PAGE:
This elegant sofa-table reflects the French-fashioned 'Grecian Furniture' style adopted by the cabinet-maker George Bullock (d. 1818) following his 1814 Paris visit and the establishment of his fashionable Tenterden Street premises. Bullock's work was particularly known by his use of indigenous woods and naturalistic motifs. Richard Brown in his Elements of Drawing in 1822 writes of Bullock, 'He has shown that we need not roam to foreign climes for beautiful ornaments, but that we have abundance of plants and flowers equal to the Grecian which, if adopted, would be found as pleasing as the antique' ( A. Coleridge "The Work of George Bullock, cabinet-maker, in Scotland: I", The Connoisseur, April 1965, p.249).
The identical patterned border to the sofa table but in the reverse, with an ebony ground and brass inlay, frequently appears on documented furniture from Bullock's workshop. The 4th Duke of Buccleuch made two payments from his account at Coutts on 23rd June 1813 and 16 November 1814 to Bullock, one of which was almost certainly for an oak sofa table with these borders still in the collection at Boughton House, Northamptonshire. Another model of the same table made with rosewood and inset with a malachite top is illustrated in George Bullock Cabinet-maker, H. Blairman & Sons Ltd., London, 1988, p.99.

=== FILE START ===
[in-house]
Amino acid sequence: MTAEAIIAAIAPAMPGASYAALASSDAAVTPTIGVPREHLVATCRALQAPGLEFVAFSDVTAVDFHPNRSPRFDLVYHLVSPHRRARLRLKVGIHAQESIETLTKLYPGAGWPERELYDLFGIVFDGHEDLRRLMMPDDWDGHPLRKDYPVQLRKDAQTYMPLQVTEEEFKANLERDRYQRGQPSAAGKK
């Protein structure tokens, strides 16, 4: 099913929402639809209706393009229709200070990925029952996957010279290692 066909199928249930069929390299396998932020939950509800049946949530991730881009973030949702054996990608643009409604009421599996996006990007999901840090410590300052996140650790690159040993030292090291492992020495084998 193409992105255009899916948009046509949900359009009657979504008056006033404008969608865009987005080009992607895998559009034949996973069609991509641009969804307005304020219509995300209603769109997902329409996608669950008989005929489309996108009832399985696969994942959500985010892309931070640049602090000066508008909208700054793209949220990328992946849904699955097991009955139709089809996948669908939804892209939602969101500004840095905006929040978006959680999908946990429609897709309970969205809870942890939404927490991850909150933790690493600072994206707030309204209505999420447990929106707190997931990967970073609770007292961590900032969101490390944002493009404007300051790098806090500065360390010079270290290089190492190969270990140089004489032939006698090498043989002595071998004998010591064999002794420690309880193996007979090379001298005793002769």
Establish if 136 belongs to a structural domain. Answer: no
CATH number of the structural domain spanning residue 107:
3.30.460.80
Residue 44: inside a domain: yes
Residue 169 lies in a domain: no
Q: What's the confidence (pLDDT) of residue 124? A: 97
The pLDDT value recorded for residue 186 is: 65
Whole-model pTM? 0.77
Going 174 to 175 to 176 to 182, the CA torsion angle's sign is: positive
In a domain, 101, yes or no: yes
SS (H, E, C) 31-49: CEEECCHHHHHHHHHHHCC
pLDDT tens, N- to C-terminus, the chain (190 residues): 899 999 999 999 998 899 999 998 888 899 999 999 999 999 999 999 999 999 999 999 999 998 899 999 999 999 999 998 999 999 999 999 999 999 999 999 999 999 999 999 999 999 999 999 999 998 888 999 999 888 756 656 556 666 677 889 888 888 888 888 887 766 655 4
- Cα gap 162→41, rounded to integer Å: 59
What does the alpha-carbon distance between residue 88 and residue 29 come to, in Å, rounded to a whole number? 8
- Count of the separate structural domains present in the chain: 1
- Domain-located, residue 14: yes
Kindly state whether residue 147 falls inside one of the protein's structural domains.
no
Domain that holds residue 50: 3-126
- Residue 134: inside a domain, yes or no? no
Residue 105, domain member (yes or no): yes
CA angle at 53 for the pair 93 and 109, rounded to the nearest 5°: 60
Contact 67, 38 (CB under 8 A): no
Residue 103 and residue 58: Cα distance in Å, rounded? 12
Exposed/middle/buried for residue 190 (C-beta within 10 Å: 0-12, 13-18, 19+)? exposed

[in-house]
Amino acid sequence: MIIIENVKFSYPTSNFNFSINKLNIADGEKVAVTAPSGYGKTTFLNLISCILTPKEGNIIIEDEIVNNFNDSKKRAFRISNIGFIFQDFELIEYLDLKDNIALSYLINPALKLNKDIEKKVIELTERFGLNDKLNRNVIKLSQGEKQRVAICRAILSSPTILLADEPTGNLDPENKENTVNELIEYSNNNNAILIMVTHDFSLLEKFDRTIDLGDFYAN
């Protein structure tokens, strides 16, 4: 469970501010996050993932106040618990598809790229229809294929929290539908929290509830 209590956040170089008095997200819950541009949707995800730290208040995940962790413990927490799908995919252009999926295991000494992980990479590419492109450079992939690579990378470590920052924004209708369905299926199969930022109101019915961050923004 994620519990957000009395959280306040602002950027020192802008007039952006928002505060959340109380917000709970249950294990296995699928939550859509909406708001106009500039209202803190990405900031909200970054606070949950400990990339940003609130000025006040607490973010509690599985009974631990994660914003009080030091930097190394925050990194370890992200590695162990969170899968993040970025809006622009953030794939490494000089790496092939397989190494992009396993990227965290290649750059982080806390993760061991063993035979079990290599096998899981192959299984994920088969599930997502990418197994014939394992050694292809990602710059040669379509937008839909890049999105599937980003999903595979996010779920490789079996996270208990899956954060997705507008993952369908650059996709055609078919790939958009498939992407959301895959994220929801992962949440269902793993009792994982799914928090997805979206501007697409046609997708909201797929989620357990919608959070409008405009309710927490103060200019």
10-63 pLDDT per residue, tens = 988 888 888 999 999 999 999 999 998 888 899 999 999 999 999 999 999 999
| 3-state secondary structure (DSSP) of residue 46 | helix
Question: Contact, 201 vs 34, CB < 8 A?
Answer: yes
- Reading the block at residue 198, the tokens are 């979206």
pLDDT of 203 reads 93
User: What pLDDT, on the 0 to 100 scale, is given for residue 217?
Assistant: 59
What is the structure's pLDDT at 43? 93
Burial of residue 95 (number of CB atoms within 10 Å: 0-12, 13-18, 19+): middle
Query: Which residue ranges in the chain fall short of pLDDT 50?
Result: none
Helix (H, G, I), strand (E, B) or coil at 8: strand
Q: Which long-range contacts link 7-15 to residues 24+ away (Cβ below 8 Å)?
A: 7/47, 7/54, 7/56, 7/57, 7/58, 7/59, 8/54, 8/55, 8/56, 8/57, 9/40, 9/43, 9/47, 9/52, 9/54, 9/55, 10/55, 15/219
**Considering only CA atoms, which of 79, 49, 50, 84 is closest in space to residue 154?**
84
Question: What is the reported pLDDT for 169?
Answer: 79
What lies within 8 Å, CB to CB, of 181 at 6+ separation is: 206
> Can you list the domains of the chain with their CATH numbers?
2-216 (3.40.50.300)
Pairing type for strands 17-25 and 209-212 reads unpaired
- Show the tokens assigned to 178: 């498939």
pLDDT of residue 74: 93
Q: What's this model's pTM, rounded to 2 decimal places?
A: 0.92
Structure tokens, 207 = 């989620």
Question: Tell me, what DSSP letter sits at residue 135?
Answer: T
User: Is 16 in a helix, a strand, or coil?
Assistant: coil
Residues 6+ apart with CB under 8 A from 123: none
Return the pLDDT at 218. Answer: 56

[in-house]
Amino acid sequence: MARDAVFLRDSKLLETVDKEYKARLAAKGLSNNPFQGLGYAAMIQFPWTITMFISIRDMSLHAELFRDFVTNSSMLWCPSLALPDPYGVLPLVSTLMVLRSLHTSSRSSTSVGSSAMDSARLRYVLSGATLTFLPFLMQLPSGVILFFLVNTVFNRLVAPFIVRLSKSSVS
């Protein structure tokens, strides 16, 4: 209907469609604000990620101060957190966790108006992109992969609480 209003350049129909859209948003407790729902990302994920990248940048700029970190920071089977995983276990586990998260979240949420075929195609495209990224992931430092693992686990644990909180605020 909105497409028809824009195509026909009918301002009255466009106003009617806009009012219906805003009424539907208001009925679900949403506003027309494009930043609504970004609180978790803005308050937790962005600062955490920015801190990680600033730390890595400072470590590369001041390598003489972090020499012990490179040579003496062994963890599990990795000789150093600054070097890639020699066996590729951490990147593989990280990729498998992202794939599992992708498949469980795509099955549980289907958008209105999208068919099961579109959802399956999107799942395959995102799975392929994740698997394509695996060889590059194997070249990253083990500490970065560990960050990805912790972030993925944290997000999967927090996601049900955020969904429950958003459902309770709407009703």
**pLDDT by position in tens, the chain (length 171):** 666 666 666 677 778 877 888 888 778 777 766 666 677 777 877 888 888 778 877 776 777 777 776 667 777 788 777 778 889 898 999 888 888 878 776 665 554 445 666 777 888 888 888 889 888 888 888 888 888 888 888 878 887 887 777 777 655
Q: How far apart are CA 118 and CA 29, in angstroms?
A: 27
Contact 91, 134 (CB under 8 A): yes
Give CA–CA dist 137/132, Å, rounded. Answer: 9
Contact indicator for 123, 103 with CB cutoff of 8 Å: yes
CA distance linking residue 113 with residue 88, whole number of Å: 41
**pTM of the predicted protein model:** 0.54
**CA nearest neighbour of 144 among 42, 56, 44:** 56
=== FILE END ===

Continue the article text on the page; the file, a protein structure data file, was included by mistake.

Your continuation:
Several lots of furniture attributed to Bullock and supplied to Don Pedro de Souza e Holstein, 1st Duke of Palmella (d.1850), Portuguese ambassador to the court of the Prince Regent (later King George IV), were sold at Christie's, London, 25 June 1987. They also feature the same ebony-inlaid brass trefoil border.
While the border pattern and use of indigenous wood indicates a possible Bullock attribution, the design of this sofa table closely relates to one of Bullock's contemporaries, the workshop of Nicholas Morel and George Seddon. Their partnership was formed shortly after Morel's personal selection by George IV to furnish the royal apartments at Windsor Castle in 1826. A burr elm writing table, with very similar voluted trestle supports and scrolled feet, was made for this refurbishment and documented as account numbers 889 and 929 for Room 231 at Windsor. (H. Roberts, For the King's Pleasure, London 2001, p. 317, fig. 399). Another related writing table of rosewood by Morel and Seddon was documented as account number 806 at Windsor and is now in a private collection (op. cit., p. 312, fig. 379).